“Kremlin Billionaires list – a kind of

“Kremlin List” Made Public: What’s in
Store for US-Russia Relationship?

                                                  
Arkady SAVITSKY

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So,
the long-awaited “Kremlin
List” happened to be a purely formal action. What was made public is just a
meaningless compilation of names partly taken from a phone book with some of
them cribbed from the Forbes’
Billionaires list – a kind of Who Is
Who in Russia   reference publication. The administration had
to release the document as required by law, so it adopted the “get what you
want and leave me alone” approach. At least, that’s what the unclassified part
of the report looks like. Technically correct, the list is just
a mockery in its essence. Nothing in the report indicates that the US is
in possession of information about the individuals’ involvement in any
wrongdoings.  The paper says it is not a
sanctions list though Treasury Secretary Steven Mnuchin said
it would result in restrictive measures. He did not specify the date.

It’s
not the “Kremlin List” that really matters. On Jan.29, one day before the document
was made public on Jan.30, Republican members of the House Intelligence
Committee voted to release a
classified memorandum, revealing the misconduct by the FBI and the Justice
Department in the Russia investigation. The paper expresses grave concern over
the way the investigation, launched by the Obama administration, was conducted.
The lawmakers took the decision ignoring the position
of the Justice Department, which had warned not take this “extraordinary reckless”
step. It’s highly probable that if an investigation into the abuses is
launched, the trail will lead to Hillary Clinton and Barack Obama.

It’s
not Donald Trump but rather his opponents who will be at center of the scandal
as media will be raising ballyhoo (and they will as practice shows).   Everything will turn around to put the
Democratic backers of Hillary Clinton on the defensive with the president’s
hands untied giving him much more freedom to implement his Russia policy. He
won’t keep one eye on Congress when it comes to dealing with Russia. Trump
will become the defender of democracy threatened by the Clinton’s camp. The “Kremlin’s
List” will be on the backburner.

Russia
knows well all the ins and outs of US politics. It is reserved and patient but
it cannot abstain from striking back forever. Both governments realize this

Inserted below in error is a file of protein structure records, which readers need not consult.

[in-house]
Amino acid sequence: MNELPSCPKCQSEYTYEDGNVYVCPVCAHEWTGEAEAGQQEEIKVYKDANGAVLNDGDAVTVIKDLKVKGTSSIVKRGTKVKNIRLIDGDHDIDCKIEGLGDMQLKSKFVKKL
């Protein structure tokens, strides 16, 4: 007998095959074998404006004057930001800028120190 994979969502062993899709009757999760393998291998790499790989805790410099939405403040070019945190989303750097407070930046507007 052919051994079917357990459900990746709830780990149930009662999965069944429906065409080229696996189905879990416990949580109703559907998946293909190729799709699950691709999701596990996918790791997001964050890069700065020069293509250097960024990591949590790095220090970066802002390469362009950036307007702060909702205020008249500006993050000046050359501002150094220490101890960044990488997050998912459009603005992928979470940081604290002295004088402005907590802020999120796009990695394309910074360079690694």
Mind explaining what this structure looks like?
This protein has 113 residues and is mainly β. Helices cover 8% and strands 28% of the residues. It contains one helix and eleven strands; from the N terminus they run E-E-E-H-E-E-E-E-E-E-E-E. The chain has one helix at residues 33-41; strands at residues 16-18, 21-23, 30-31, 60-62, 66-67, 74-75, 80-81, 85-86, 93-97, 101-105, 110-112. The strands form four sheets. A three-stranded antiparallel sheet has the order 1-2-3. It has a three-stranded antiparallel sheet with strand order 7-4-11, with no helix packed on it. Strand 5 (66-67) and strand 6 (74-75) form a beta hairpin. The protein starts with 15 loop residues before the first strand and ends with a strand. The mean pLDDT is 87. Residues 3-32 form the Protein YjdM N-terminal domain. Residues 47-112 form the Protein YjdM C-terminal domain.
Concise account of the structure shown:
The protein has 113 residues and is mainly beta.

fact and act accordingly. They don’t sever the contacts, so that wouldn’t have
to start from scratch when the times change.

To
the contrary, they do what is possible under the circumstances. It’s enough to
look at the news that don’t hit headlines but tell about the events of great
significance. For instance, Sergey Naryshkin, the head of Russian foreign
intelligence service, has recently
visited the United States to discuss terrorism. The Russian foreign intelligence
chief is under sanctions but the visit was important enough to make the US executive
turn a blind eye on this fact. Naryshkin was granted entry to the country.  It’s   hard to imagine such a high ranking official
coming   alone.

So,
the information exchange with Russia is too important to be affected by ups and
downs in the relationship. It’s enough to remember how the interaction
between the intelligence services of both countries prevented a terrorist act
in Saint-Petersburg last December. In his recent interview
with Russian Echo Moskvy (Echo
of Moscow) radio
station, US Ambassador to Moscow Jon Huntsman said
the time is propitious for a Russia-US bilateral summit. He also emphasized the
importance of military-to-military communications. Until now, the leaders have
met only on the sidelines of top level international events. A summit could
change a lot of things, addressing many problems beyond the scope of bilateral
relationship. 

 

2018
is an election year in the United States. The Democrats’ chances will diminish
greatly when the secret memo is released. With economy going strong, the
chances for Republicans to strengthen their position in both houses look good
enough. So do the opportunities for the president to keep his pre-election
promise to improve the relationship with Russia.